Twizzlers as a Cost-Effective and Equivalent Alternative to the Glucola Beverage in Diabetes Screening
Screening for gestational diabetes mellitus requires an oral glucose challenge test with a 50-g glucola beverage and venous blood sample after 1 h. A “positive screen” is defined as a venous blood glucose of either >130 mg/dL or 140 mg/dL (1,2), and the patient then undergoes a diagnostic fasting 3-h glucose tolerance test (GTT) with a 100-g glucola (1). However, up to 30% of pregnant women cannot tolerate the traditional 50-g glucola beverage (3,4). There are few reports demonstrating viable and cost-effective alternatives, such as commercially available candy. For example, jelly beans have been shown to be better tolerated but with demonstrated lower sensitivity, potentially related to their variability in size and resultant difficulty in calculating glucose load (3,4). We therefore sought to identify whether other forms of candy (such as Twizzlers licorice ropes and Jolly Ranchers hard candies) might be suitable alternatives using a triple crossover design whereby each subject serves as their own control.
We estimated that a sample size of 20 pairs would achieve 87% power to detect equivalence when the margin of equivalence is ± 8 and the actual difference is 0 at a correlation of 0.4 (P < 0.05; 2000 Monte Carlo simulations). To calculate the oral intake necessary, we consulted per-piece Twizzlers and Jolly Ranchers product information regarding calories, total and saturated fat, carbohydrates, sugars/sugar alcohols, and protein. This estimated a 50-g equivalent of ten strawberry-flavored Twizzlers or eight total sour apple, grape, cherry, or watermelon Jolly Ranchers. Given subjects’ concern during our run-in pilot about tooth damage with consumption of eight Jolly Ranchers over 5 min, we limited the study to comparing 10 Twizzlers (week 1) and 50-g glucola (Azer Scientific, Morgantown, PA) (week 2) with diagnostic 100-g GTT (week 3; criterion per Coustan or NDDG). Serum glucose, lactate, and insulin concentrations were determined by high-performance clinical chemistry and immunoassay.
At either ≥129 or 139 mg/dL, a comparable ratio of subjects screened positive with Twizzlers or glucola (McNemar r = 0.45, P = 0.04) (Table 1); this did not vary by BMI (P = 0.78 overall, P = 0.88 BMI <25 kg/m2, P = 0.82 BMI ≥25 kg/m2). One patient (5% of the study population) tested positive in the diagnostic GTT (Coustan criteria); she screened positive by both the Twizzlers and glucola with demonstration of equipoise (receiver operating characteristic [ROC] at ≥140 mg/dL, 0.947, and at ≥130 mg/dL, 0.895, vs. 0.921). There was no significant difference noted in the increase of insulin (P = 0.31), lactate (P = 0.78), and dextrose (glucose monohydrate) (P = 0.96). However, in the <25 kg/m2 BMI cohort, a statistically lower serum insulin was observed with Twizzlers challenge (P = 0.035). This is noteworthy, as it suggests that significant variation in insulin levels may be observed by virtue of the means of glucose load itself (5).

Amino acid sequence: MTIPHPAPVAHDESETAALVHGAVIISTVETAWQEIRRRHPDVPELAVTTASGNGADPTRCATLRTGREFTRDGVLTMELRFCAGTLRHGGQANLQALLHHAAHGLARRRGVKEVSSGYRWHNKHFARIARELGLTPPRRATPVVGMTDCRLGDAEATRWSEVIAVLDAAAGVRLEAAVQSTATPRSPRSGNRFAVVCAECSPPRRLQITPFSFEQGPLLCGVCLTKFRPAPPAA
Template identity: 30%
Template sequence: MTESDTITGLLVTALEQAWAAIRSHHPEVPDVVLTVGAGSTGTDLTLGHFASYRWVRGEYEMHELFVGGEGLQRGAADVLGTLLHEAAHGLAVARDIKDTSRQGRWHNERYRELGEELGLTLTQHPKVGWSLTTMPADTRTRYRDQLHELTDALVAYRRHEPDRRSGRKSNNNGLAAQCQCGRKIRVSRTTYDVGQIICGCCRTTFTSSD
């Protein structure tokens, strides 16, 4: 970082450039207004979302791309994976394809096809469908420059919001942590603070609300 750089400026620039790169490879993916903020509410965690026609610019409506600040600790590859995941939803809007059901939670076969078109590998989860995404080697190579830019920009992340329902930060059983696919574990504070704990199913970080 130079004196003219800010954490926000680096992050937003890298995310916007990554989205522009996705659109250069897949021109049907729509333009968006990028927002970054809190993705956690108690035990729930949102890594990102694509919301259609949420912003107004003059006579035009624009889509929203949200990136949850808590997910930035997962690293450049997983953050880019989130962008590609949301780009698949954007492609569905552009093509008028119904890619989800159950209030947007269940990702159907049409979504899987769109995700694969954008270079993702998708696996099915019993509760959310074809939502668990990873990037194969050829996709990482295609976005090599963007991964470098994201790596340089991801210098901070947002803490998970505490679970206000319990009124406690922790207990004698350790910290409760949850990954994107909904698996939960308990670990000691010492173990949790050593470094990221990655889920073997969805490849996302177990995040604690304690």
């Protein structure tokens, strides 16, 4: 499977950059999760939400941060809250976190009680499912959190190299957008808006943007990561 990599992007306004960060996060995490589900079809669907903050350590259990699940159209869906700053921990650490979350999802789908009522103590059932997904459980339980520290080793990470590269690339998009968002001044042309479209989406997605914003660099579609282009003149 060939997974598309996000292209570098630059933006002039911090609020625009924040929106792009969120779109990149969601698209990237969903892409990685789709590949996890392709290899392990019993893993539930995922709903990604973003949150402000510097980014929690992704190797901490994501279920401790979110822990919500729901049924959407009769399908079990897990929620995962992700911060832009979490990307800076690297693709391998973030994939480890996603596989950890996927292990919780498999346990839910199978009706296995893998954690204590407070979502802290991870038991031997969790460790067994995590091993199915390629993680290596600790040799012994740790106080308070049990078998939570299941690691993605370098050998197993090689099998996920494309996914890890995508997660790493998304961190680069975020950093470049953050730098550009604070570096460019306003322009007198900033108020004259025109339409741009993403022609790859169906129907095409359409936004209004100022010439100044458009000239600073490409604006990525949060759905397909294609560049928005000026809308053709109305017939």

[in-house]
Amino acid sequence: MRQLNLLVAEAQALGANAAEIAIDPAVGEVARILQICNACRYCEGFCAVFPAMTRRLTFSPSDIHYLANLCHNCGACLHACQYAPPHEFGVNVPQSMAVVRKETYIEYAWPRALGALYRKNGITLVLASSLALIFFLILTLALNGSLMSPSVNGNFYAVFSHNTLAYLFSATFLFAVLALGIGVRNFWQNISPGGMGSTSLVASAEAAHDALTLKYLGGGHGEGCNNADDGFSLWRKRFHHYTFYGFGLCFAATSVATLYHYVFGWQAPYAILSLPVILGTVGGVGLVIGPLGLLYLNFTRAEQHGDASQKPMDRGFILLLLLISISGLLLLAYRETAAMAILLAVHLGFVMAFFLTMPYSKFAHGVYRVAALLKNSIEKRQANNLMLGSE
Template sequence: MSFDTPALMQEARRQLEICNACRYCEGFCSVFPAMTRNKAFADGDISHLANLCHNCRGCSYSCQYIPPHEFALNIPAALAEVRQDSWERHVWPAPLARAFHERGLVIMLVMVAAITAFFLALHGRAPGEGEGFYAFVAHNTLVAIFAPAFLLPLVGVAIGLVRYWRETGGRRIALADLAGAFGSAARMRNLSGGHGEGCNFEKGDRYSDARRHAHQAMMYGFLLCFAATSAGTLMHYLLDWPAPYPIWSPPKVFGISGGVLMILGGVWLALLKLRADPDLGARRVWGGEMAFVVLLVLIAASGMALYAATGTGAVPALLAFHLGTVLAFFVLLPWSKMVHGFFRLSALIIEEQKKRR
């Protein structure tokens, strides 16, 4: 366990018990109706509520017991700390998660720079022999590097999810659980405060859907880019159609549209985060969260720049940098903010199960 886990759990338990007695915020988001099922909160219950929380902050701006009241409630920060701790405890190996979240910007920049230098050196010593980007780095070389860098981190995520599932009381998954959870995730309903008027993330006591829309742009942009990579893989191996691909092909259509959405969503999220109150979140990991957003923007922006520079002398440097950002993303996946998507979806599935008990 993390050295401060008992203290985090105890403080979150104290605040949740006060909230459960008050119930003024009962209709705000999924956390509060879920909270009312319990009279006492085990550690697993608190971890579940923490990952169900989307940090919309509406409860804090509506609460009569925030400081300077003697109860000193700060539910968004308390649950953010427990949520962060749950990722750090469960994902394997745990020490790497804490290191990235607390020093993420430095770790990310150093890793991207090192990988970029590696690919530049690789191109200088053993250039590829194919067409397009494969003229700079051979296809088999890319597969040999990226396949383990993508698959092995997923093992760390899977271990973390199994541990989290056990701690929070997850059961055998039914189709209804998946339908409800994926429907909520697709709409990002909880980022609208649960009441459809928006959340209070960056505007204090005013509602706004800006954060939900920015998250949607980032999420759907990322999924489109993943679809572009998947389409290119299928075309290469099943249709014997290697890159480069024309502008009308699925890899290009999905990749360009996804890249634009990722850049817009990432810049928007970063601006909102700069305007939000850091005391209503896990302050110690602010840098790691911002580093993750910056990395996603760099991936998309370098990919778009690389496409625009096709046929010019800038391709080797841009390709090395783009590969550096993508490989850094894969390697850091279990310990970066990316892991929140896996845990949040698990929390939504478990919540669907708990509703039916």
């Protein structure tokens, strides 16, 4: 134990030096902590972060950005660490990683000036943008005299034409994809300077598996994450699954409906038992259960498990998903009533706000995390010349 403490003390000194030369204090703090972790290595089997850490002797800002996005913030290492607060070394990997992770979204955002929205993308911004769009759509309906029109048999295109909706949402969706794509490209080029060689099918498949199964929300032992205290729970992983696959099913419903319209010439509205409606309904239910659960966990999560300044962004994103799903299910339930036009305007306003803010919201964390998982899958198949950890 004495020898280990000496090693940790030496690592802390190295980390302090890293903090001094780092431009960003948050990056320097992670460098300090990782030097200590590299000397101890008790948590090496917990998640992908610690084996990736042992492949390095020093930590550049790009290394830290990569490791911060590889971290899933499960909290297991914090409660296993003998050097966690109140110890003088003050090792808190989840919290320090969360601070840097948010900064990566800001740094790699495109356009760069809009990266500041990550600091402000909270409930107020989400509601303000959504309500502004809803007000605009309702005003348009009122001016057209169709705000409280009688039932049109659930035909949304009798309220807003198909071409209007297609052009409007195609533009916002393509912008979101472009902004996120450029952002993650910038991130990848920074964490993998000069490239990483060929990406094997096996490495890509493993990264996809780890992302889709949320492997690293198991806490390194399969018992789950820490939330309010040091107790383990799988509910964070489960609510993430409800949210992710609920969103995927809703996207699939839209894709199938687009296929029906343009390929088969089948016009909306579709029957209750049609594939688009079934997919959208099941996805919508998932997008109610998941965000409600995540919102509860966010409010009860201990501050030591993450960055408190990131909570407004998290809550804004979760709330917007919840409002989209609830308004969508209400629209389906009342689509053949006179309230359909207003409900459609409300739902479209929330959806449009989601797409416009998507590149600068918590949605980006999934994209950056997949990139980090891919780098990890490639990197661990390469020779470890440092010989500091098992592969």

This study set out to demonstrate equipoise between the standard 50-g glucola beverage and a viable candy alternative using a triple-crossover design and observed that 10 Twizzlers strawberry twists are an equivalent choice for diabetic screening. The implications to our study are both practical and immediately applicable given standard approximate cost estimates (ten individually wrapped Twizzlers: 0.97 USD). Future efforts will be to study this alternative in pregnant subjects now that we have demonstrated equipoise in a nonpregnant cohort.
No potential conflicts of interest relevant to this article were reported.
D.A.R. wrote the manuscript and researched data. N.S.C., S.A., M.A.S., L.S., S.S., and M.H. researched data, reviewed and edited the manuscript, and contributed to the discussion. H.S.-H. provided statistical analysis. K.M.A. wrote the manuscript and researched data. K.M.A. is the guarantor of this work and, as such, had full access to all the data in the study and takes responsibility for the integrity of the data and the accuracy of the data analysis.
- © 2013 by the American Diabetes Association.
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